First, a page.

By PETER PRENGAMAN
The Associated Press
SALEM Gov. Ted Kulongoski rolled out a plan Thursday to solve the budget headache for the state's retirement system by taking back high stock market gains given to pension members in 1999.
The plan would also reduce the state's matching funds and do away with an 8 percent guaranteed return on pension accounts offered to longtime state employees.
Combined with other reforms working their way through the Legislature, the governor's blueprint would shave about $9 billion off the $16 billion shortfall facing the Public Employees Retirement System.
Margaret Hallock, labor policy adviser for Gov. Ted Kulongoski, presented the plan to the House committee on pension reform. She acknowledged it would be painful for retirees, but said the changes were necessary.
"We need to correct the errors," she said.
The plan has three parts.
First, it would shift a 6 percent pension contribution called the "employee pick-up" but usually paid by the employer into an account separate from the pension account.
Many retirees' benefits are figured using a "money-match" formula that doubles their final pension account balance. Monthly retirement checks are then calculated by taking the final sum and dividing it by the number of years a retiree is expected to live.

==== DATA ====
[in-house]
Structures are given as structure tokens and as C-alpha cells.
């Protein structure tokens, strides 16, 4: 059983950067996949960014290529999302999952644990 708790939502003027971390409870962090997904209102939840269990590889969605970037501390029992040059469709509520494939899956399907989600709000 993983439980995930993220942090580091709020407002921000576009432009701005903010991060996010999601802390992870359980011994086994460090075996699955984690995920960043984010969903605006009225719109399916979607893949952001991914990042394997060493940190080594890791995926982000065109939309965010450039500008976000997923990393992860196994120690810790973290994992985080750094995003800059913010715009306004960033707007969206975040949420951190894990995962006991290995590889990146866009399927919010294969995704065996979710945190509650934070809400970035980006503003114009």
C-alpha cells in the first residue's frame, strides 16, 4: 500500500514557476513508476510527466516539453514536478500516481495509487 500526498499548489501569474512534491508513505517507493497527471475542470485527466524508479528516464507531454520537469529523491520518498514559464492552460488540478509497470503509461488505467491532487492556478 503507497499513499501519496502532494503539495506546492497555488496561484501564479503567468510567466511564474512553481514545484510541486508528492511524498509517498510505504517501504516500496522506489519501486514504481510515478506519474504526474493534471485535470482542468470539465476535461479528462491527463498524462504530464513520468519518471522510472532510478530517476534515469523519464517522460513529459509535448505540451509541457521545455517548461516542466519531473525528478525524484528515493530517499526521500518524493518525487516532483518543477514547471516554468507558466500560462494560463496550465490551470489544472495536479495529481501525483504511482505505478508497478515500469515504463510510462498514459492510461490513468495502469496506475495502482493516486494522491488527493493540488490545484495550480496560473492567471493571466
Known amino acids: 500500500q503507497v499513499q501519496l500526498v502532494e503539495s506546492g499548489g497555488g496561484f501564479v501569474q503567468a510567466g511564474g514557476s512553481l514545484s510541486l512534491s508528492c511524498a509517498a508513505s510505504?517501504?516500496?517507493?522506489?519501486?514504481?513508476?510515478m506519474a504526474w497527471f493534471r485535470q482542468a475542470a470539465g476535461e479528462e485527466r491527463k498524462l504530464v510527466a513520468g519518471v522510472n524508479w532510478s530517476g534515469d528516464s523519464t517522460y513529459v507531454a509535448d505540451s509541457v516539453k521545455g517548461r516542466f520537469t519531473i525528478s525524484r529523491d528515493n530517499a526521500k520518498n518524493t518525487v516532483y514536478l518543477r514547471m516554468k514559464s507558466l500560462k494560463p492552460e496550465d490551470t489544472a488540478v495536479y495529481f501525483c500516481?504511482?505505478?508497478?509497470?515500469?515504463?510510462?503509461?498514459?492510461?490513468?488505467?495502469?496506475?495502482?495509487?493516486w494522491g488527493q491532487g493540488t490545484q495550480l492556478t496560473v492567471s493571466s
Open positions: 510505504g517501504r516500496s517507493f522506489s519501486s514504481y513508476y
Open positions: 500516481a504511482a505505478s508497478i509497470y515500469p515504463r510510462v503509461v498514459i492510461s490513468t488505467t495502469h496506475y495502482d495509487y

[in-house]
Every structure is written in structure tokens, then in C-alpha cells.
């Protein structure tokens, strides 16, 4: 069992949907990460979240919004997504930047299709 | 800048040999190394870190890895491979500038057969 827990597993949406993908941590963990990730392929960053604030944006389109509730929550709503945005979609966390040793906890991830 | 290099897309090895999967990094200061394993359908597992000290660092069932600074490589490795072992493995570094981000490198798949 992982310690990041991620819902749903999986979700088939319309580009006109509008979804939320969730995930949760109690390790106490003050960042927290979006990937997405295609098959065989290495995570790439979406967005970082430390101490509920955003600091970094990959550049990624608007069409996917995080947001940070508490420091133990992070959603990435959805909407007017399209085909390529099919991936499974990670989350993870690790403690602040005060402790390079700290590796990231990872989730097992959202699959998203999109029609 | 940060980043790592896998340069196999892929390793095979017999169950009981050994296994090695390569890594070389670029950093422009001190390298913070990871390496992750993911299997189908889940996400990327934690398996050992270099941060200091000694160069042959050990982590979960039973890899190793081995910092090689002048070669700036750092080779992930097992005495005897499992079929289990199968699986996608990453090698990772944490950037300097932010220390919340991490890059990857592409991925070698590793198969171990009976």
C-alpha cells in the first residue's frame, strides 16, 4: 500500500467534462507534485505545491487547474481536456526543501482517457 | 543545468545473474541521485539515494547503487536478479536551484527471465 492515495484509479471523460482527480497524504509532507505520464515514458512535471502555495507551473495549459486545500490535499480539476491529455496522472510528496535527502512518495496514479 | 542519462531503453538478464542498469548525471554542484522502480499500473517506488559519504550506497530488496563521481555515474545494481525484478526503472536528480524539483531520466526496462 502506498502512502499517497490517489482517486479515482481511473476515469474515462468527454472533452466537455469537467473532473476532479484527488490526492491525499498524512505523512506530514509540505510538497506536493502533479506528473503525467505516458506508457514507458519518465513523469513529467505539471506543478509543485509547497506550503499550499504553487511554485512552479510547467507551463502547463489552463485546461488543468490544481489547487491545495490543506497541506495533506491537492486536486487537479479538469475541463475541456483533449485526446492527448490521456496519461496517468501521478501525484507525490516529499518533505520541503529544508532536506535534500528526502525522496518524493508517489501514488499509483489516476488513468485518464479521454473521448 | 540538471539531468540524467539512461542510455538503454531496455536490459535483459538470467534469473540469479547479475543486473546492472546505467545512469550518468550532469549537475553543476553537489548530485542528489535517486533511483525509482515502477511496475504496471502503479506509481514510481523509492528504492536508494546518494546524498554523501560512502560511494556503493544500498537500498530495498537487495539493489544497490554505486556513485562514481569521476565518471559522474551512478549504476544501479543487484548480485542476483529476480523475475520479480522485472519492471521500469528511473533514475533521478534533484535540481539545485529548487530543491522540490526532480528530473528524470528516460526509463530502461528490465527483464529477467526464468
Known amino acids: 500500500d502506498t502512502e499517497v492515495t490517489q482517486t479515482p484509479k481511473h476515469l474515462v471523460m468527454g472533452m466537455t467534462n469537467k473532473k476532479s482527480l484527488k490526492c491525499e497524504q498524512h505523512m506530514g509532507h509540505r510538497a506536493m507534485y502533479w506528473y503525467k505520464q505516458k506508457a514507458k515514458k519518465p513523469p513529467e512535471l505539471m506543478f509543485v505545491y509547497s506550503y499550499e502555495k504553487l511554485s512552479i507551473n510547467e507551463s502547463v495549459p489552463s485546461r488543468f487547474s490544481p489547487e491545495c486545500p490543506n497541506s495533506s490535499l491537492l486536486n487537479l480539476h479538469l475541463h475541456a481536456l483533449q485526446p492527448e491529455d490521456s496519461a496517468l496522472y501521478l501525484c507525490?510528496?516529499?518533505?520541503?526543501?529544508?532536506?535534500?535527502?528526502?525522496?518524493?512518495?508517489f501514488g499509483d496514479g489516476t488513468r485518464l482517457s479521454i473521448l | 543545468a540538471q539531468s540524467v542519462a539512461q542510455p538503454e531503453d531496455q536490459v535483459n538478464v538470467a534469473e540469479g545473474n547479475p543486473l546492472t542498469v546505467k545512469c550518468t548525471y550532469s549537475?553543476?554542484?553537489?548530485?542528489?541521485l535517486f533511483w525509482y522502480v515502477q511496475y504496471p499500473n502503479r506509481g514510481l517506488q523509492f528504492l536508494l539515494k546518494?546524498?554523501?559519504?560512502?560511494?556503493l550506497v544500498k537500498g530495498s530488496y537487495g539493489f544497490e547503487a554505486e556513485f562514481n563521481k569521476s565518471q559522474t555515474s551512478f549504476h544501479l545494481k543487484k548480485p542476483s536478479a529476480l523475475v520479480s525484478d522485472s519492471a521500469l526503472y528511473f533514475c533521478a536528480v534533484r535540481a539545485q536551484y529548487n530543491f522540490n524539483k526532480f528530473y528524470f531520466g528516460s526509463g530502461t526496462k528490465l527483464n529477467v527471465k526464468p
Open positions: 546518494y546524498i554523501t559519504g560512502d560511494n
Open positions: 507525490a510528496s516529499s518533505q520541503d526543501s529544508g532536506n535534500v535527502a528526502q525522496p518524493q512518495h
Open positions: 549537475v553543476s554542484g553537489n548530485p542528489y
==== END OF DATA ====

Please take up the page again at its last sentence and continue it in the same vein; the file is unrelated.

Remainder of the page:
Shifting the 6 percent to a separate account would reduce the amount of matching funds due from the state, while ensuring employees get the money.
Second, the plan would restructure interest payments to employees hired before 1996. Those members are guaranteed an 8 percent annual return on at least a portion of their accounts. Kulongoski's plan would eliminate the guarantee.
Instead, it would give a percentage payout based on the stock market performance of the entire $30 billion state pension fund.
Finally, the governor wants the pension system to take back extra money paid into accounts in the stock market boom of 1999. That year accounts were given 21 percent returns, about 10 percent more than lawmakers say should have been allowed.
Under the plan, that money would be made up by suspending the cost-of-living increases in the pension checks of those who retired under the "money-match" option between 2000 and 2004.
Hallock said the suspension would be calculated for each pension member, and last long enough to make up the over-credited money.
Unions representing many of the 294,000 people in the system immediately ridiculed the plan.
"This is so far out of reality," said Mary Botkin from the American Federation of State, County and Municipal Employees "We'll see them in court."
Still, the Legislature is likely to pass the plan in one form or another.
Sen. Tony Corcoran, a Eugene Democrat and chair of the Senate pension reform committee, supported the proposal on Thursday while conceding it would come as a blow to many retirees.
"This is a huge hit to folks in the system," but necessary, said Corcoran.
Also on Thursday, the House committee passed a bill creating a new pension system for state employees hired after July 1, 2003 that resembles 401(k) plans offered in private business.